Trump targets loyal troops with tweets

AS IF HE DOESN’T have enough controversy to contend with,

President Donald Trump created yet another distraction last month.

He’s banning transgender people from the military.

Or so he tweeted.

He didn’t bother to let the Joint Chiefs of Staff know about his intentions. And his Secretary of Defense James Mattis, who received a day’s notice while on vacation, is reportedly appalled.

Trump’s stated goal is to prevent disorder among the ranks. But his tweet did just the opposite — it caused disruption.

Several thousand transgender service members — some of whom are fighting for their nation in war zones, risking their lives — suddenly wondered if they were going to be discharged because of who they are.

Military leaders responsibly tried to calm the unnecessary chaos created by the commander in chief. They said their policy of allowing transgender troops to serve openly, which began last year, will continue until the president formally issues his directive to Mattis, who will have to draft and implement guidelines.

In other words, Trump has no plan for how to proceed and hasn’t given his military leaders time to develop protocols. Trump also undercut Mattis, who announced a six-month study on the issue in June. Mattis insisted he wasn’t presupposing the outcome of the study. But obviously Trump has.

In a series of tweets Wednesday, Trump said he “will not accept or allow transgender individuals to serve in any capacity in the U.S. military,” which “cannot be burdened with the tremendous medical costs and disruption that ... would entail.”

But a government report counters those assumptions. Allowing openly transgender people to serve has a “minimal” financial impact, according to a RAND Corp. study. It estimated the additional expense for transgender-related health care and readiness at “between $2.4 million and $8.4 million annually” — out of a Pentagon budget of more than $500 billion. And just 29 to 129 active-duty personnel would seek gender transition—related services — out of 1.3 million members.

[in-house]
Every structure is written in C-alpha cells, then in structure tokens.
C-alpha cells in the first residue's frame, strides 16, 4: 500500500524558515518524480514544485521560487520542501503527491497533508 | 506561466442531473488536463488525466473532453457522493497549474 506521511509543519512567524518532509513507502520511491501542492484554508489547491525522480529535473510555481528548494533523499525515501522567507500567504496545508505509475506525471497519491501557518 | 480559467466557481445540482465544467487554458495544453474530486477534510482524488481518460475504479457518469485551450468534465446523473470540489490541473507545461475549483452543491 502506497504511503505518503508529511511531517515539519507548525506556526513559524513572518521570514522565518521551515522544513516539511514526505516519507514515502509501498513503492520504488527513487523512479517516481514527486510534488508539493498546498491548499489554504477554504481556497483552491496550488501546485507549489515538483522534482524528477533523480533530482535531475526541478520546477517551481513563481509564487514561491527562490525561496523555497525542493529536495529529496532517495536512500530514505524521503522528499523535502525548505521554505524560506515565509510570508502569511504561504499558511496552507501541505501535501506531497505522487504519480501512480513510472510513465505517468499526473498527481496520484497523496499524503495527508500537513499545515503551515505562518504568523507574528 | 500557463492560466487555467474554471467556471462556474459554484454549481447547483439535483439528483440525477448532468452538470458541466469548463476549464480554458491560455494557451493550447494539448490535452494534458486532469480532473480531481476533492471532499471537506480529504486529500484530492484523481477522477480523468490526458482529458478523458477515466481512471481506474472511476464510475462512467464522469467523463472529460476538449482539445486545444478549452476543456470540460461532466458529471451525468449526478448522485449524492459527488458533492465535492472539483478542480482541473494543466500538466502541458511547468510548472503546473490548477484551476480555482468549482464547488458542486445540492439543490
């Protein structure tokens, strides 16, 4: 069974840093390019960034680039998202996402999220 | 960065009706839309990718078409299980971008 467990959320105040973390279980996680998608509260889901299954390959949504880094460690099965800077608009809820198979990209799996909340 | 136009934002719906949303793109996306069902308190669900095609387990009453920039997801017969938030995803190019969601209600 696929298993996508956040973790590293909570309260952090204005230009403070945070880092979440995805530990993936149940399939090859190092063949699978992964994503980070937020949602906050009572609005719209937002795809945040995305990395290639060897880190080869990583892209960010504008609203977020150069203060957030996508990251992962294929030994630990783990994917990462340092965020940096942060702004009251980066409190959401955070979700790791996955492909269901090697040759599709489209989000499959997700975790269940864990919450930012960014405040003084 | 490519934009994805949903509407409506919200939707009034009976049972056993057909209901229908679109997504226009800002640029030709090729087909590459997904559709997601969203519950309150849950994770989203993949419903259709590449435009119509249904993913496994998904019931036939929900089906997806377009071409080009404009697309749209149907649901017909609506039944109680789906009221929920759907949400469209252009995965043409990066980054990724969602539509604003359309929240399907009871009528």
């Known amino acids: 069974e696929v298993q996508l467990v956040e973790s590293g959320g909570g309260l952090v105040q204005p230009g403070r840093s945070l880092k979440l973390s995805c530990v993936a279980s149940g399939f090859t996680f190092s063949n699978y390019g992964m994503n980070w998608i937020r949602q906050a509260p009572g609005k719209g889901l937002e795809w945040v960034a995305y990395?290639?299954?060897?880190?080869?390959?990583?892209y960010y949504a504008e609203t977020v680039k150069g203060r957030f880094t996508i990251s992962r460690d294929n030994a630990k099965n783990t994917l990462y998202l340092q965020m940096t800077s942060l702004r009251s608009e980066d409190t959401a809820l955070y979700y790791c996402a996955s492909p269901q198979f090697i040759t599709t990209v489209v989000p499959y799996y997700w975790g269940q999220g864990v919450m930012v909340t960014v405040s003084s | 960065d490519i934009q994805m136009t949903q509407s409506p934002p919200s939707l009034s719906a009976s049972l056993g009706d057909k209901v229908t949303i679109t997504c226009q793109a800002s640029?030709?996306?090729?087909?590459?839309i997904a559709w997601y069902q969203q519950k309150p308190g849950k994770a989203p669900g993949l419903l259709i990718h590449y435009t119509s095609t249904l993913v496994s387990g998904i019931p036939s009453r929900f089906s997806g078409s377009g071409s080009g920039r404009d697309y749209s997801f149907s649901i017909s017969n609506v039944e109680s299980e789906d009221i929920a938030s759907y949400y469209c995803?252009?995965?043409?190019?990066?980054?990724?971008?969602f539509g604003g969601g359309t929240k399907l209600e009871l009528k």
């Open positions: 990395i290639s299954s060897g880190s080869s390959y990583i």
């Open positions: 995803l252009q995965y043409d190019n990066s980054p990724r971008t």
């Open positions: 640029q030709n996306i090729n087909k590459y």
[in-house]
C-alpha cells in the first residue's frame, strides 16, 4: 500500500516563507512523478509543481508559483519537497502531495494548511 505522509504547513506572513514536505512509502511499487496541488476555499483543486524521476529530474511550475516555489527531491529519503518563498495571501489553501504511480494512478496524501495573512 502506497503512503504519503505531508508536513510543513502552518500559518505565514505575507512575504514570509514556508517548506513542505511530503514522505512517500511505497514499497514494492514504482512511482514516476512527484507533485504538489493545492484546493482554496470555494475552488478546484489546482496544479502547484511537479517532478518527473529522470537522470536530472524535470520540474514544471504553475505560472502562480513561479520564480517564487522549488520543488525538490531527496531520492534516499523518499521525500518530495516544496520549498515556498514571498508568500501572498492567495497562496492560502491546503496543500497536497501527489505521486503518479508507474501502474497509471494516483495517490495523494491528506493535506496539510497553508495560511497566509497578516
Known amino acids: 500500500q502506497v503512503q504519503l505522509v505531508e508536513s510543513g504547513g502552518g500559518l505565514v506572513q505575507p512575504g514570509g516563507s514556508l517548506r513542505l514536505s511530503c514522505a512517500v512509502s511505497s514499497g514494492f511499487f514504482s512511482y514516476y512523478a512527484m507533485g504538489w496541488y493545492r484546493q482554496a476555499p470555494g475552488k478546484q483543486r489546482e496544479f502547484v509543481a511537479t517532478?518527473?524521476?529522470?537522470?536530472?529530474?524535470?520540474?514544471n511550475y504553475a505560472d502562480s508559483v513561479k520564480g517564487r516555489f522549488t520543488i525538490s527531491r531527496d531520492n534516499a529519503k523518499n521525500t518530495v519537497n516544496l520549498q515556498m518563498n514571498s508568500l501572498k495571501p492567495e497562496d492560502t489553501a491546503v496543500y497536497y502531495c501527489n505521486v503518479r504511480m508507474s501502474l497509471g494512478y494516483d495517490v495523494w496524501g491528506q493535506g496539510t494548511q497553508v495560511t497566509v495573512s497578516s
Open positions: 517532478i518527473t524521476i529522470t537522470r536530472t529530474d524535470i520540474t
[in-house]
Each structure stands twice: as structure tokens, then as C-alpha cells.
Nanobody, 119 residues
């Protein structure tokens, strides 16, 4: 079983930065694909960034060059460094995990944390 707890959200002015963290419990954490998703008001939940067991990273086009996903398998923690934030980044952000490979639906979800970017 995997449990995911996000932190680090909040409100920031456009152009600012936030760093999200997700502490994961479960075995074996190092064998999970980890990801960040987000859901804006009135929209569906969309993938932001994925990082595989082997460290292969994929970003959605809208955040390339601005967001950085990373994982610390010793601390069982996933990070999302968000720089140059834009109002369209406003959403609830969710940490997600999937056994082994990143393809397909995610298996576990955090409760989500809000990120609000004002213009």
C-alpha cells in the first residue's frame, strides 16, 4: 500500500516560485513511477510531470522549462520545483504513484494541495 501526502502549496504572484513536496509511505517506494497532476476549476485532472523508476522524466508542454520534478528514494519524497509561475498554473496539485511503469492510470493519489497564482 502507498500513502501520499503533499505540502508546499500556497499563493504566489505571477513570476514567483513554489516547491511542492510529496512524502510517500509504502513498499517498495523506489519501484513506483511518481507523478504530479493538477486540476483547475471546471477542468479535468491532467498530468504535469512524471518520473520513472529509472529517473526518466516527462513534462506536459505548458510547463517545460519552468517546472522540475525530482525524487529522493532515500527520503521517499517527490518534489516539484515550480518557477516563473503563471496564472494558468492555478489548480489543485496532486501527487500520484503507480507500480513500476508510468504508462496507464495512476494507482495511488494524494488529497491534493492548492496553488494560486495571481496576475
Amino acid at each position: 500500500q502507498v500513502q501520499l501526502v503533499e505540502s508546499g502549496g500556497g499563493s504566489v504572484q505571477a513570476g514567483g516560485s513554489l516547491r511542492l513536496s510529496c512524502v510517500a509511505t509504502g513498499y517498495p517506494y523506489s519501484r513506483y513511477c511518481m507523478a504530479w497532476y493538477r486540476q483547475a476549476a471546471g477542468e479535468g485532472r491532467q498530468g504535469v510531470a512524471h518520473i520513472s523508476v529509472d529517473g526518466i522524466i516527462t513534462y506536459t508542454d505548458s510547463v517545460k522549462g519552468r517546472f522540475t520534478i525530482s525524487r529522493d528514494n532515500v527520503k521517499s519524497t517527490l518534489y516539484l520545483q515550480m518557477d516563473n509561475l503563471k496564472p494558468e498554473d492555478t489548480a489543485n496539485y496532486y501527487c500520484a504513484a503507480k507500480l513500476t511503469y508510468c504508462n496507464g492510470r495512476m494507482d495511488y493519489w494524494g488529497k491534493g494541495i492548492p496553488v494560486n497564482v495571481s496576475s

Trump’s claim that transgender soldiers cause disorder is the same excuse that was used to bar blacks, then women, then gays from serving their country. The American military needs the best people it can recruit and retain, not a discriminatory policy aimed at a tiny minority of patriotic and proven troops.

That includes Erika Stoltz of Sun Prairie, whom State Journal reporter Steven Verburg profiled in recently. Stoltz has completed four combat deployments to Iraq and Afghanistan and continues to serve in the Army reserves.

Sen. Orrin Hatch, R—Utah, was one of many lawmakers critical of Trump’s tweets last week. Hatch said the military shouldn’t discriminate against anybody.

“Look, people who are transgender, they don’t choose to be transgender,” Hatch said. “They’re born that way. And why should we hold that against them? And they’re human beings, and many of them are extremely talented human beings.”

Hatch is right. Trump — again — is wrong.

The military should continue to treat all of its brave soldiers with respect, even if the president does not. — Wisconsin State Journal, July 30

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